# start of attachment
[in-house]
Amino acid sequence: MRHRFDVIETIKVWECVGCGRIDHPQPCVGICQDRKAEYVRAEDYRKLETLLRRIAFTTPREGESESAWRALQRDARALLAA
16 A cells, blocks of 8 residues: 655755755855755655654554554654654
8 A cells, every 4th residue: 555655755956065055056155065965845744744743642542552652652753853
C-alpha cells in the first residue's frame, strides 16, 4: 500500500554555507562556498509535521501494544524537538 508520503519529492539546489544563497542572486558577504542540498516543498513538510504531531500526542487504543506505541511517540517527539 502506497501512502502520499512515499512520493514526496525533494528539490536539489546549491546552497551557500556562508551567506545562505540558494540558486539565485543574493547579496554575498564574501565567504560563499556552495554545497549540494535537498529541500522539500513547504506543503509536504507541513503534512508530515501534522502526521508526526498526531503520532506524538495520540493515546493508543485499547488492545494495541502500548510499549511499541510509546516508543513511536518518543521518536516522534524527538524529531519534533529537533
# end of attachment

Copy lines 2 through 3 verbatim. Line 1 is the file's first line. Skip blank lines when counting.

Amino acid sequence: MRHRFDVIETIKVWECVGCGRIDHPQPCVGICQDRKAEYVRAEDYRKLETLLRRIAFTTPREGESESAWRALQRDARALLAA
16 A cells, blocks of 8 residues: 655755755855755655654554554654654